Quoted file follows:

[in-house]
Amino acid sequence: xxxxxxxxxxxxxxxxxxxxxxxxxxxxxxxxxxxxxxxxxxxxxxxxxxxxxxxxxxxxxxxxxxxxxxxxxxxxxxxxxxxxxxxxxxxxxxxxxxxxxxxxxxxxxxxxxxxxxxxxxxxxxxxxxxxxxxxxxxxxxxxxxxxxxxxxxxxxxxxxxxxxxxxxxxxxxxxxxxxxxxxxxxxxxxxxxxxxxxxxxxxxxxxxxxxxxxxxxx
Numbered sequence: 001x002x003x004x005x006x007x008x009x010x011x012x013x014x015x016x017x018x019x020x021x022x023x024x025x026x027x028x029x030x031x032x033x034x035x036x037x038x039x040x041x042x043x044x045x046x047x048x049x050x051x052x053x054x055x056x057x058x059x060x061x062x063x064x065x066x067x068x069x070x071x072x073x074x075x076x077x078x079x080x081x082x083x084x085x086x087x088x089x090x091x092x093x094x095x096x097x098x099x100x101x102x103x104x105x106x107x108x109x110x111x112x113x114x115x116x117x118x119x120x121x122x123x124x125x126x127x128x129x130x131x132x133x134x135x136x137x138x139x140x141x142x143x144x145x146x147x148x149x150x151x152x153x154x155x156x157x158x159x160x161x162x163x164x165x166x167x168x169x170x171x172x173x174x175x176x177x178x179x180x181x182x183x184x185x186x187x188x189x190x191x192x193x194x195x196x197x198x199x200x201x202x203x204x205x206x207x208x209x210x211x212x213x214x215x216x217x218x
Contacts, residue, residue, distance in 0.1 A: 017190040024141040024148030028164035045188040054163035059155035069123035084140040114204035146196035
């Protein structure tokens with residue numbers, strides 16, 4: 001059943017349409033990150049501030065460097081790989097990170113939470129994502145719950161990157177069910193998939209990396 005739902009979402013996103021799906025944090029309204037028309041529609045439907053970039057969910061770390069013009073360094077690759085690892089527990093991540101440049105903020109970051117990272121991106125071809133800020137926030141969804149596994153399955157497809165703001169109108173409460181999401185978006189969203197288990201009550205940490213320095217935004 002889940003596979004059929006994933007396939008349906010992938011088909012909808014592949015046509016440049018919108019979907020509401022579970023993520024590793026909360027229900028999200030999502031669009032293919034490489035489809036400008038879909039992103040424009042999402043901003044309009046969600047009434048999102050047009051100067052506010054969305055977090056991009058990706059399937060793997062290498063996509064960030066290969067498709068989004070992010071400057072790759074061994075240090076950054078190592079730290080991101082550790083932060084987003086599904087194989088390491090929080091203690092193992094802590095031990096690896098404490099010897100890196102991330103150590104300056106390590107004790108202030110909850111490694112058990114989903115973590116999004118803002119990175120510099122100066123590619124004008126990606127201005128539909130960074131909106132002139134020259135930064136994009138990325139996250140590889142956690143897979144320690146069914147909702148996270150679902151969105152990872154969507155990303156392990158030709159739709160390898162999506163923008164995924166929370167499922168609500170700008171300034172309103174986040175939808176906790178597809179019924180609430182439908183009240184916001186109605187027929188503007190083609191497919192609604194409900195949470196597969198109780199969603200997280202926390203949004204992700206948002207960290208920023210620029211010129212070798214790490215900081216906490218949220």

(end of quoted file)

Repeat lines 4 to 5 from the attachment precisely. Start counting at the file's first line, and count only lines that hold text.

Contacts, residue, residue, distance in 0.1 A: 017190040024141040024148030028164035045188040054163035059155035069123035084140040114204035146196035
């Protein structure tokens with residue numbers, strides 16, 4: 001059943017349409033990150049501030065460097081790989097990170113939470129994502145719950161990157177069910193998939209990396 005739902009979402013996103021799906025944090029309204037028309041529609045439907053970039057969910061770390069013009073360094077690759085690892089527990093991540101440049105903020109970051117990272121991106125071809133800020137926030141969804149596994153399955157497809165703001169109108173409460181999401185978006189969203197288990201009550205940490213320095217935004 002889940003596979004059929006994933007396939008349906010992938011088909012909808014592949015046509016440049018919108019979907020509401022579970023993520024590793026909360027229900028999200030999502031669009032293919034490489035489809036400008038879909039992103040424009042999402043901003044309009046969600047009434048999102050047009051100067052506010054969305055977090056991009058990706059399937060793997062290498063996509064960030066290969067498709068989004070992010071400057072790759074061994075240090076950054078190592079730290080991101082550790083932060084987003086599904087194989088390491090929080091203690092193992094802590095031990096690896098404490099010897100890196102991330103150590104300056106390590107004790108202030110909850111490694112058990114989903115973590116999004118803002119990175120510099122100066123590619124004008126990606127201005128539909130960074131909106132002139134020259135930064136994009138990325139996250140590889142956690143897979144320690146069914147909702148996270150679902151969105152990872154969507155990303156392990158030709159739709160390898162999506163923008164995924166929370167499922168609500170700008171300034172309103174986040175939808176906790178597809179019924180609430182439908183009240184916001186109605187027929188503007190083609191497919192609604194409900195949470196597969198109780199969603200997280202926390203949004204992700206948002207960290208920023210620029211010129212070798214790490215900081216906490218949220």